While their father showered the boys toweled off, brushed their teeth, and combed their hair. In the scratched mirror above the sink Paul watched his father, large and hairy and seemingly unconcerned about being naked, scratch shampoo through his hair. Paul imagined that’s how ballplayers looked after a game. There was a tan line around his father’s biceps. Below it the skin was orange-brown, with the left arm darker than the right. Everything above the tan line and below the neck was pasty white in the fluorescent light. There were no tan lines on his father’s legs. At the moment he couldn’t remember his father ever wearing shorts or go swimming, even in this kind of summer heat. Paul tried not to stare at his father’s pubic hair, which was bushier than the few strands David had. His father’s shins both had a weird bald patch on the front. Was that from military socks, or did all fathers have that?

David rolled his towel on the bias and tried snapping Paul.

“Cut it out,” their father said. “You boys head back. I’ll be there in a moment.”

Back at the truck, the boys put their towels and shower kits in the camper. Paul figured that if they couldn’t have hamburgers, maybe they could play a game before going to bed. He wasn’t even sleepy—his hair was still wet from the shower and the large, late dinner made him hot and antsy. His brother was ahead in Stratego for the trip and Paul wanted a chance to at least narrow the gap. No matter whether David played the red or blue pieces, nearly every night his miners and spy marched through Paul’s ranks dismantling bombs and capturing his general. When his dad returned from the showers, he asked, “Dad, can you light the lantern?”

His father didn’t even pause while putting away his kit. “No, not tonight.”

His dad wasn’t listening. After tonight they’d be home and there’d be no chance of sitting out late in the yellow globe of light. Paul looked at his brother watching the calculator flash amber numbers in the dusk. He was such a dork sometimes, and no help. “But we want to play a game.”


“Just one. Why not?”

“Because I said so. That should be reason enough. We’re going to bed because tomorrow’s a long day.” His father slid his knife into his pocket and said somewhat absently, “Luckily we’ll gain an hour.”

Paul looked puzzled. “Huh?”

“We change time zones at the Oregon border.”

He still didn’t understand what his father meant. His father took the atlas from the truck along with a flashlight, spread the two-page map of the United States out on the picnic table, and anchored the corners with rocks. He called David over from where he was playing with his calculator, then crouched down where the Atlantic Ocean would be.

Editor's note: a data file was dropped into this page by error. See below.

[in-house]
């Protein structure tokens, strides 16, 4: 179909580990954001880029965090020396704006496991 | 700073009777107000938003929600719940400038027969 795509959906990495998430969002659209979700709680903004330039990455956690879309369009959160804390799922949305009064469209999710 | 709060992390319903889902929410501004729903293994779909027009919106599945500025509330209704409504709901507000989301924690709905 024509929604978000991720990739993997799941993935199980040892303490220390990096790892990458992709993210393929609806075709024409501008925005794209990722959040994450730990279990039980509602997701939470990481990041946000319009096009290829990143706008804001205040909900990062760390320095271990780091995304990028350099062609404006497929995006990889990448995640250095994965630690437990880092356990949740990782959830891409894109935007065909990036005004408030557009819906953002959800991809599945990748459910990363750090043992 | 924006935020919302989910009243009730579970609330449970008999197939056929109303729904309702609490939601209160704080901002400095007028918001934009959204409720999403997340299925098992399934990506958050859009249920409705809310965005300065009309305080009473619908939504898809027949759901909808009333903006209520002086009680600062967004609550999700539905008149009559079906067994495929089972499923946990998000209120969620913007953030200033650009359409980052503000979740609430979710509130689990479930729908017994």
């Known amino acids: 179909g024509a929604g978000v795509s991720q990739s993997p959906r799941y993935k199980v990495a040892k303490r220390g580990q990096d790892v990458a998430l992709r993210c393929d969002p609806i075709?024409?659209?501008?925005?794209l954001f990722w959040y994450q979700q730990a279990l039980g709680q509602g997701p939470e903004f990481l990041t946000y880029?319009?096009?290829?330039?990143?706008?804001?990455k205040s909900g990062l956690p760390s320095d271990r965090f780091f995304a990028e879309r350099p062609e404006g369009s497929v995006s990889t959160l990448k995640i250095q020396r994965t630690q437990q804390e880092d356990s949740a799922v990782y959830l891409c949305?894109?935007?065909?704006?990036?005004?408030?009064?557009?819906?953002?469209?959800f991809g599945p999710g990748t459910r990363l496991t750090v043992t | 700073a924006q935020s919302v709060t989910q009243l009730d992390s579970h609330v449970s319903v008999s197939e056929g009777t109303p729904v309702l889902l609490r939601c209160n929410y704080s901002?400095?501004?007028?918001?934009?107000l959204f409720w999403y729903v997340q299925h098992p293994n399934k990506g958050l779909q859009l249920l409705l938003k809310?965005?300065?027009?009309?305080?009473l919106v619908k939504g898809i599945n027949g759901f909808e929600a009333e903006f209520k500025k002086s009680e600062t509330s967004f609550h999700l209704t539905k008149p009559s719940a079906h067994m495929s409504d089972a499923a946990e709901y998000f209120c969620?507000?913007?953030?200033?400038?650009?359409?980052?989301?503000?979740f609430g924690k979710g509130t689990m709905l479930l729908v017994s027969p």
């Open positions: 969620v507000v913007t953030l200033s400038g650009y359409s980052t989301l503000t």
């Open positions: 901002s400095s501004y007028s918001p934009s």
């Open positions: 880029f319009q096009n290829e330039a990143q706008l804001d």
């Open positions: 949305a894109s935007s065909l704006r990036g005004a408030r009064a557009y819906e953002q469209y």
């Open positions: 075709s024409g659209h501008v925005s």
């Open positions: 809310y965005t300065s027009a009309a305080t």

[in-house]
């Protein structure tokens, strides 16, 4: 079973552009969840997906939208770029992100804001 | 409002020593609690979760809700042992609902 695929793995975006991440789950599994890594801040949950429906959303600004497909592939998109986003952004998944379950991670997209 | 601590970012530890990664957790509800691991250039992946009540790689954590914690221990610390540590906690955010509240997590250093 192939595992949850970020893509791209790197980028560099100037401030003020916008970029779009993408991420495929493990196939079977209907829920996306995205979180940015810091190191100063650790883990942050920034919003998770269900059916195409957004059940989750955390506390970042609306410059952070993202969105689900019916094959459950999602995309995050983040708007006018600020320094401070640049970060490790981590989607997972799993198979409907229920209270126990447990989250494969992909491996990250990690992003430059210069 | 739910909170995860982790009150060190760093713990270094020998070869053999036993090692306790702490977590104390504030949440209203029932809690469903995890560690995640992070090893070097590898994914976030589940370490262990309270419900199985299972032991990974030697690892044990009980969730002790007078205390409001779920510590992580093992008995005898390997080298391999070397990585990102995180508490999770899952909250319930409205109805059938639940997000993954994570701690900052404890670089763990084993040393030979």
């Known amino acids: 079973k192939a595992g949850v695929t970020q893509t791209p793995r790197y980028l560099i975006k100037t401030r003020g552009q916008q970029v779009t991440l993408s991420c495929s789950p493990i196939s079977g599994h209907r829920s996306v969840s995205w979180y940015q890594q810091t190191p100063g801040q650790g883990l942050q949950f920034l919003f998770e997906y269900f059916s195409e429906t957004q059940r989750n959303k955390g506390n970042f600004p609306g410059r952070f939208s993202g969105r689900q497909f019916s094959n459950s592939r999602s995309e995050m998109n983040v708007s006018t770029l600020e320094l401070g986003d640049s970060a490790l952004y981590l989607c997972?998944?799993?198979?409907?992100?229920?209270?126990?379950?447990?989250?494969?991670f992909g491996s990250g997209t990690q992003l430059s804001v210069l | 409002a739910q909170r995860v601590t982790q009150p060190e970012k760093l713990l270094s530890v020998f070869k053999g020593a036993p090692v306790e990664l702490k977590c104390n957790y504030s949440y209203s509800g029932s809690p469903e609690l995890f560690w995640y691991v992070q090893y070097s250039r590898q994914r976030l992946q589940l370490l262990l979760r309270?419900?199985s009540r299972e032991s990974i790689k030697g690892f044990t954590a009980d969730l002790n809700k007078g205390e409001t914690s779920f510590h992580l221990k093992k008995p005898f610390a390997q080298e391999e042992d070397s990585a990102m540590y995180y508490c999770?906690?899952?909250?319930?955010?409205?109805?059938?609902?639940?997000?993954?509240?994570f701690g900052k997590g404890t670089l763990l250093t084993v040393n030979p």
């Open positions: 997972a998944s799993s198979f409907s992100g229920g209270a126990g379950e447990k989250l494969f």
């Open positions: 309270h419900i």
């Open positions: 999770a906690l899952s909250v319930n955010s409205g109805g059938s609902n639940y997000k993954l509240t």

He held the flashlight nearly parallel with the ground. “As the earth spins, light from the sun touches the East Coast first, like this.” He turned on the flashlight and slowly rose out of his crouch. In the lowering twilight, a yellow spill of light shone on the lines and letters of the eastern seaboard. “See, while it’s dawn over here, the West Coast where we live is still dark. The sun comes up in the East about three hours before it hits the West. So the country is divided into zones to match when the sun appears to rise. Each zone is an hour different.”

His father stood fully and walked just behind the two boys to show the sun moving towards the West. Paul turned his head to see his father standing behind him smiling down on both of them with the light shining on his face. Before Paul was born, his father had built a telescope and taught himself astronomy. The local paper even did a story on him. He could answer any question asked him about geography or history or science or math. His dad even seemed to know, or at least have met in the Air Force, Alan Sheppard and Neil Armstong and other Gemini and Apollo astronauts who’d orbited Earth and raised puffs of dust on the moon.

Shuffling across the dusty ground, his father moved to the other side of the table and crouched down again. He explained that sunset likewise appeared to happen later in the West than the East. Then he pointed to a line of little T’s running along the Idaho-Oregon border and explained that they marked the boundary of a time zone.